book tells local history “through the eyes of television” | Chroniclers
Although they both worked on-air for Fort Wayne TV station WPTA, the careers of Don Chevillet and Marti Wright never overlapped, Wright said.
On Thursday in Auburn, they sat side by side at a table inside Carbaugh Jewelers – owned by Chevillet’s son-in-law Mike Littlejohn – greeting fans and dedicating copies of “Television in Fort Wayne 1953-2018”, a new book that includes both of their careers.
Former Congressman Mark Souder and longtime TV presenters Melissa Long and Heather Herron produced the nearly 300 wide-page book. At the jewelry store, a constant stream of nostalgic enthusiasts were buying copies and talking about their memories.
“I remember listening to you years and years ago,” one fan told Chevillet.
“Add a few years to that and you’ll be right,” said Chevillet, who spent the afternoon joking about his 93-year-old age.
“I’m still here. At my age that’s quite an accomplishment,” he joked.
“Let me be you at this age,” replied Wright, admiring the vitality of Chevillet, who looked dapper in his blue blazer and a “21 Alive” cap.
Chevillet recalled how he started his career as a broadcaster at WNDU in South Bend in 1955. Four years later, the powerful WOWO radio of Fort Wayne offered him a job.
– You didn’t refuse, he said. Chevillet became a member of what the station promoted as its Fabulous Four, which also included hockey announcer Bob Chase, Jack Underwood, and friendly morning host Bob Sievers.
In 1974, Chevillet switched to WPTA-TV to be part of a format change he was promoting as “21 Alive,” a rebranding that spanned 47 years.
“I was able to travel everywhere and meet all the famous people in the world,” during his career, he said.
Chevillet brought with him a file full of photos of these encounters, particularly proud of one showing him with Neil Armstrong, the first man to set foot on the moon.
The authors of the televised book were delighted to find the hundreds of photos that Chevillet had recorded.
Souder said he quickly discovered that station owners had deleted most of the archive footage of old local programs. Much of what still existed was in outdated formats with no way of seeing it.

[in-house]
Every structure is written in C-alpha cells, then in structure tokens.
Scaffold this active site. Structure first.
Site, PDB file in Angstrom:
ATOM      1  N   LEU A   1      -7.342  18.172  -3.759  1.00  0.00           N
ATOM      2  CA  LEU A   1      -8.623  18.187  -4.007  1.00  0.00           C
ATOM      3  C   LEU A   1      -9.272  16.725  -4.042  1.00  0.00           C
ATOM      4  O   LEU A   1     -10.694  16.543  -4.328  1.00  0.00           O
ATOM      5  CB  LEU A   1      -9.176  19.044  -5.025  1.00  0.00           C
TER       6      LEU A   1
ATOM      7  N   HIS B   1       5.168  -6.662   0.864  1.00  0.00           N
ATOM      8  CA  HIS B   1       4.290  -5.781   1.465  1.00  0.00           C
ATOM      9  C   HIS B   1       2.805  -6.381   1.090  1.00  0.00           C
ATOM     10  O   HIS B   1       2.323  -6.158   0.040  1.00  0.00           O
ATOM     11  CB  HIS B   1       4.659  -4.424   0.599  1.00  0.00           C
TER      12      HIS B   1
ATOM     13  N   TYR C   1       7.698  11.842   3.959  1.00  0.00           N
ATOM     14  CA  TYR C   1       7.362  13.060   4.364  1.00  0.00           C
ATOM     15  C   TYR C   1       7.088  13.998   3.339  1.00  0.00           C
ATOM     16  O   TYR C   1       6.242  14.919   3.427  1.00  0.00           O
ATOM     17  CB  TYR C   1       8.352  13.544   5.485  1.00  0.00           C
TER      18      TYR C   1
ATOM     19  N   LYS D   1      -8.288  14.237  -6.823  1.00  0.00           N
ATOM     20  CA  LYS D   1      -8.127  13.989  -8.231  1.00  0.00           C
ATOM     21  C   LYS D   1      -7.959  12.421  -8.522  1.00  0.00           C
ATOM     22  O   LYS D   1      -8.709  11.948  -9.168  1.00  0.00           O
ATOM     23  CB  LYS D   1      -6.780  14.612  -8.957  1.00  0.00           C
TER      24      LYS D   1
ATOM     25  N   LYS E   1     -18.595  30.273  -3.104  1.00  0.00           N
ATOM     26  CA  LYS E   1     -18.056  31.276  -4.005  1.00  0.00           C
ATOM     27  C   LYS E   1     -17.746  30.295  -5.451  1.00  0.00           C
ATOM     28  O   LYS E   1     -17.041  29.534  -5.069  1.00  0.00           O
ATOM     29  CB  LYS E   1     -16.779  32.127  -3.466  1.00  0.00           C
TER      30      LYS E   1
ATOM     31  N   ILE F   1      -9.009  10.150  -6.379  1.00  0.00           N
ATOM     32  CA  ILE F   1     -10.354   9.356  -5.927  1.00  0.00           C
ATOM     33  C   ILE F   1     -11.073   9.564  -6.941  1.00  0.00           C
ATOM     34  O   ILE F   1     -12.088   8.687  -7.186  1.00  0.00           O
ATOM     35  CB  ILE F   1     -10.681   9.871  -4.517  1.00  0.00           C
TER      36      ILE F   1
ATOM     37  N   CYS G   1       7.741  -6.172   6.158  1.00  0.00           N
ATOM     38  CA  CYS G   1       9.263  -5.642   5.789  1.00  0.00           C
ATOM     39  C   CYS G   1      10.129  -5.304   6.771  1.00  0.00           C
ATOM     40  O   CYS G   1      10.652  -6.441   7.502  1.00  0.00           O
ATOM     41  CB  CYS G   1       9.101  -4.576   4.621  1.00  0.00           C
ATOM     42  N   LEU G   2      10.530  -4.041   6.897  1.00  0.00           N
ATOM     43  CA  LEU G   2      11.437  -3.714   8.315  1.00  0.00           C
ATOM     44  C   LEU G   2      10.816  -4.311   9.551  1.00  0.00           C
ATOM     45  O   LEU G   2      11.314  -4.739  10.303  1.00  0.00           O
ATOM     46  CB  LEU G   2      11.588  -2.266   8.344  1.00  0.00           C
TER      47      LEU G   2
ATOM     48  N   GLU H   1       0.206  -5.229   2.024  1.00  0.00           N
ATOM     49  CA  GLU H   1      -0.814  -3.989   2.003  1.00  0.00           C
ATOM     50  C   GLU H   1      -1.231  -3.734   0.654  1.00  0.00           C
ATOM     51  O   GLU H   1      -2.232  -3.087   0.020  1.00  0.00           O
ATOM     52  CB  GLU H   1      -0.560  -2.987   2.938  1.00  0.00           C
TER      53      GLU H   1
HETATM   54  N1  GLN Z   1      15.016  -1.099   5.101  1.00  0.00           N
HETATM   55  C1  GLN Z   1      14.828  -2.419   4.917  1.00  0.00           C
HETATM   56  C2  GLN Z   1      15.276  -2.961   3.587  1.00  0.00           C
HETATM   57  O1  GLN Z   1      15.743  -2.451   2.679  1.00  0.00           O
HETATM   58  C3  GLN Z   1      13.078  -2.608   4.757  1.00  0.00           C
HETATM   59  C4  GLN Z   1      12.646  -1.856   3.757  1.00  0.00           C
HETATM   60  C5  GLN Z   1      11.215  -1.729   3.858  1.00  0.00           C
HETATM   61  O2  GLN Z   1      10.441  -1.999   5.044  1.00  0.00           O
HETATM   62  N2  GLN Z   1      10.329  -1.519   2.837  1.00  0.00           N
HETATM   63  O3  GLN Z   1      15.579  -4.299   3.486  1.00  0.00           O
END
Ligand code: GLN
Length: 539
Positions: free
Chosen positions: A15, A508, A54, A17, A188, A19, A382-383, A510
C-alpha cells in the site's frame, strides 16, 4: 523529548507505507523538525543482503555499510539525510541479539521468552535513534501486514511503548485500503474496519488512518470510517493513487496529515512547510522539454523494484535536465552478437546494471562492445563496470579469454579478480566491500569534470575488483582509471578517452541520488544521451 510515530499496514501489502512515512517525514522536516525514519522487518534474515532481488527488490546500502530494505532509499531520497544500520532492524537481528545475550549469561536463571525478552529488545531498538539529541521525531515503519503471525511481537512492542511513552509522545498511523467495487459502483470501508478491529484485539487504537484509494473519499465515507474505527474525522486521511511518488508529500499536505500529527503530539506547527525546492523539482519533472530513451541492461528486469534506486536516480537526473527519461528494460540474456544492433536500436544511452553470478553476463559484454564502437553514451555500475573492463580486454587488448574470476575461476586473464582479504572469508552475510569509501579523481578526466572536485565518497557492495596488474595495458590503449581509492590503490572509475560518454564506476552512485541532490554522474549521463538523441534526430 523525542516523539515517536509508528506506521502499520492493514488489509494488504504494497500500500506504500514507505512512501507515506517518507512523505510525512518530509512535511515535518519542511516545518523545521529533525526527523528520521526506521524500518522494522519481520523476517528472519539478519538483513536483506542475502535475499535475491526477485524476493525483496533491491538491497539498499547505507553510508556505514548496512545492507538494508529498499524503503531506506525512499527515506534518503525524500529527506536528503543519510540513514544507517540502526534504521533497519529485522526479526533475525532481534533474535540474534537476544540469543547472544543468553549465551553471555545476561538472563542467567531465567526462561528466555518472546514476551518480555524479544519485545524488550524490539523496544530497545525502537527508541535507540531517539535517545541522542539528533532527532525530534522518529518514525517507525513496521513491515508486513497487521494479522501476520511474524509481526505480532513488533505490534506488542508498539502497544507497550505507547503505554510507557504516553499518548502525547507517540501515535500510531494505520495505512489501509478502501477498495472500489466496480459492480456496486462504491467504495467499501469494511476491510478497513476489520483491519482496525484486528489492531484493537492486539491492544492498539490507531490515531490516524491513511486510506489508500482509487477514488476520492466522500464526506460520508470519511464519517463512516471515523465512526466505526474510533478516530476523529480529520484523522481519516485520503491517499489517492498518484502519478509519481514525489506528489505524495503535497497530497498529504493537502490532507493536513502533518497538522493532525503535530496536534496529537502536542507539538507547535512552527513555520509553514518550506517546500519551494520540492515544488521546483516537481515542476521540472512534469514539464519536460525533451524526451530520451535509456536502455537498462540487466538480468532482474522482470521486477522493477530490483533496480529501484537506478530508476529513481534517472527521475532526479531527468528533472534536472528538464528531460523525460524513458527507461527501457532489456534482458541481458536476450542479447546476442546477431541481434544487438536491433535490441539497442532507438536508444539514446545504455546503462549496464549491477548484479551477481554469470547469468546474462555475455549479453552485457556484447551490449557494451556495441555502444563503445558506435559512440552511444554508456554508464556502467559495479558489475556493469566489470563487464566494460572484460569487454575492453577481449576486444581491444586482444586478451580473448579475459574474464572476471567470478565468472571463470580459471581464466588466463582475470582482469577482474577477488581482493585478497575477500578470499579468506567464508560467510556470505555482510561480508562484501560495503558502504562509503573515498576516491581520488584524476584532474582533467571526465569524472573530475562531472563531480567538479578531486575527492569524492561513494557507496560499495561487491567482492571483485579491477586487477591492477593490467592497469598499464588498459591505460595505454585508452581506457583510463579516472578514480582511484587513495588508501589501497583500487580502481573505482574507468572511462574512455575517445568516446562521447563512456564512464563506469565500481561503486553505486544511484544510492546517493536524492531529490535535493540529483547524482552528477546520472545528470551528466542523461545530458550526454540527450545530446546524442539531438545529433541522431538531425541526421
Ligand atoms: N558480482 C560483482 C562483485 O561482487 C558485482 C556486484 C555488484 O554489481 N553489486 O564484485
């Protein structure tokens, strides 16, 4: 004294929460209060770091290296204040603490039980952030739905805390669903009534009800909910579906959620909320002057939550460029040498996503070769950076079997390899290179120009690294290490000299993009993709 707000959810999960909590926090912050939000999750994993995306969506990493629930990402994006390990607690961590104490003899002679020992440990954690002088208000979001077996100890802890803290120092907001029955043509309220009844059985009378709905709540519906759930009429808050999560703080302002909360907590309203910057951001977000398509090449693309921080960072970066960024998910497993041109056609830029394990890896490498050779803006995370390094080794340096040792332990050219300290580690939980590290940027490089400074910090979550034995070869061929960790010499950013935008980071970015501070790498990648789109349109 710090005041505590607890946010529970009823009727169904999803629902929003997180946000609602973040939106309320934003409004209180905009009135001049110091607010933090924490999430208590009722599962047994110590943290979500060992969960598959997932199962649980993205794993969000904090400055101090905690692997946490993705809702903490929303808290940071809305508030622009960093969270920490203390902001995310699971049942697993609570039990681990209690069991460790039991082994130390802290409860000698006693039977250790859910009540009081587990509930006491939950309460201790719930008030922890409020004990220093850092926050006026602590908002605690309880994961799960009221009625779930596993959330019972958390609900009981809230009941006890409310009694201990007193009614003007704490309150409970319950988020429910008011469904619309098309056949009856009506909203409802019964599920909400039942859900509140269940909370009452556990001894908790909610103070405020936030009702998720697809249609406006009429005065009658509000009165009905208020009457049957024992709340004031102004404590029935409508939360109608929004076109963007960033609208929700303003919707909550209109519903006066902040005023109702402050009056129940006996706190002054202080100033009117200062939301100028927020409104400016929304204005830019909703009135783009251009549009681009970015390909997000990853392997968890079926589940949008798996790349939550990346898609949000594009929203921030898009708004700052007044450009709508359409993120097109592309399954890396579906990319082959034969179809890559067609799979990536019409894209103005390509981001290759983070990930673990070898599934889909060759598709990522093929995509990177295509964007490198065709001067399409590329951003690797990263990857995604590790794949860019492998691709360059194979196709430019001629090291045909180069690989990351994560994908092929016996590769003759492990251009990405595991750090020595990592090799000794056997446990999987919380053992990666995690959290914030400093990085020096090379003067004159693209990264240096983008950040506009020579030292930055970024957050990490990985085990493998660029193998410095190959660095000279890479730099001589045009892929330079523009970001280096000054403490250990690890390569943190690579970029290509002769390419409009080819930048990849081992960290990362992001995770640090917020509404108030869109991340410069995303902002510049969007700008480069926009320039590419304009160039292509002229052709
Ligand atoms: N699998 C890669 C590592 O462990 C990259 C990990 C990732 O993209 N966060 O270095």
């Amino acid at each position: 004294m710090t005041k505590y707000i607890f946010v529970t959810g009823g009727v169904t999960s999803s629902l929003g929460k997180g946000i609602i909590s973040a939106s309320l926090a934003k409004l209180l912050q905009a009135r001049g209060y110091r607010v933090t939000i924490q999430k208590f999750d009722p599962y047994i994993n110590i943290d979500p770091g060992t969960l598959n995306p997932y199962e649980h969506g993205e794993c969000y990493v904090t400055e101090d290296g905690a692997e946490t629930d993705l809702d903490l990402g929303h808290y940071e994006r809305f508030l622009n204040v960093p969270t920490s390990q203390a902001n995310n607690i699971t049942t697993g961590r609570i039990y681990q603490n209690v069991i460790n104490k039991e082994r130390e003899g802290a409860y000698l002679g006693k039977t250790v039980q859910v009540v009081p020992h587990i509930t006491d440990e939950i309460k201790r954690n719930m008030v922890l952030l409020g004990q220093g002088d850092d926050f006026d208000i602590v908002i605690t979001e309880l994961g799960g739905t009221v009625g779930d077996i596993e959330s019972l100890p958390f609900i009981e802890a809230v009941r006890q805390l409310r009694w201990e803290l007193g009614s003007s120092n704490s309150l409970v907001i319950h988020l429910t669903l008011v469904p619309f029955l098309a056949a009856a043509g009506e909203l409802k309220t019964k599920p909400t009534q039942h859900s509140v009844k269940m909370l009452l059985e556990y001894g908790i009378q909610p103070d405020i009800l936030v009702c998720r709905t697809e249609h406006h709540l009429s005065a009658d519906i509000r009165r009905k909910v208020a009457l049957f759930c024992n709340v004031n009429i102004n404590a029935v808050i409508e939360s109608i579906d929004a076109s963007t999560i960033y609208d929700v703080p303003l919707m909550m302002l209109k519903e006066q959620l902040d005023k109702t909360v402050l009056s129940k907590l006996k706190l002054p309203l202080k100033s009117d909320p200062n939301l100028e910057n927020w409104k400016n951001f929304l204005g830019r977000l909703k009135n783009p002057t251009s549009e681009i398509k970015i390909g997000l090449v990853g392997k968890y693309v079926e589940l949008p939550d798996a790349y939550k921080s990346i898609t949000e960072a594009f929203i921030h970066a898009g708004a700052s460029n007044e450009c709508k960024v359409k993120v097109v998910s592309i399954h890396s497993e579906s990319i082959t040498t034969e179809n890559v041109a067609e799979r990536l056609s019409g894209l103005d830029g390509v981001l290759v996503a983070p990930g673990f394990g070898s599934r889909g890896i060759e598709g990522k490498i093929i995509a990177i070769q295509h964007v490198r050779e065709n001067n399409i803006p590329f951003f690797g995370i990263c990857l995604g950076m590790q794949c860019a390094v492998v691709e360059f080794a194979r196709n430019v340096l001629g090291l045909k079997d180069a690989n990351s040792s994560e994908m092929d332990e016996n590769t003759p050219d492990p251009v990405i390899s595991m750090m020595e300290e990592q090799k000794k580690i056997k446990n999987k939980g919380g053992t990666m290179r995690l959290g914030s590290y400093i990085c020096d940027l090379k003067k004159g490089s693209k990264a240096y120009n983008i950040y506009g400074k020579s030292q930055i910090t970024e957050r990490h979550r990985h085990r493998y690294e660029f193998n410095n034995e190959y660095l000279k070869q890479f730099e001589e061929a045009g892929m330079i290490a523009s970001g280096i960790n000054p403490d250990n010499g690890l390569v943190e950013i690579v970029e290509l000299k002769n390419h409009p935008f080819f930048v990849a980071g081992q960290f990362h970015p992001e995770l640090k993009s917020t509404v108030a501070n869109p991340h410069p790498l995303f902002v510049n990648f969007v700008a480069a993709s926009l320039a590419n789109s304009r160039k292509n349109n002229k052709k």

Instead, the writers relied on memorabilia collections from people who had worked at Fort Wayne TV, such as Chevillet, who also contributed with his storytelling skills. Chevillet loaned about 100 of the book’s 500 historical images and an account of when WPTA asked him to get drunk on camera for a story demonstrating the dangers of drunk driving.
“I have always been fascinated by the media, especially television, and love the history of Fort Wayne,” Souder said of his choice of subject for the book. By examining the local history, he wanted to “tell it through the eyes of television”.
“Television has strengthened ties across the region,” said Souder. At the height of local news broadcasts, “If something happened in our area and it wasn’t on TV, did it really happen? “
But even though work on the book has continued over the past three years, ratings of local TV shows have plummeted due to changes in people’s viewing habits, Souder said.
A local contributor to Fort Wayne TV history, Wright spent Thursday greeting her classmates in her 1975 Concordia High School class, who had come to the book signing.
As the first black television presenter in Fort Wayne, Wright’s story represents a serious side of the book. She was working for the city’s WMEE radio in 1981, when a job opened at WPTA-TV. A coworker encouraged her to apply and she suggested that he should be the one to take care of the job.
“They are looking for a black woman,” he told her.
“I never thought I would be on TV,” Wright said. “How was a black person going to be on TV in Fort Wayne with no one like him?” “
Souder said that on the one hand, one might wonder why it took so long for a black reporter to appear on a Fort Wayne screen.
On the other hand, Souder credits the then General Manager of the WPTA, the late Edwin C. Metcalfe, for taking a big risk. At the time he hired Wright, Fort Wayne’s black population was smaller than it is today, and black audiences across the viewing region were less than 1%.
“It was a gamble” for the WPTA to hire Wright, said Souder. For her part, Wright – like baseball pioneer Jackie Robinson – was pressured to be perfect.
“I got the job because I was a black woman,” Wright conceded Thursday, “but I didn’t keep it for 20 years because I was a black woman.”
DAVE KURTZ can be contacted at [email protected]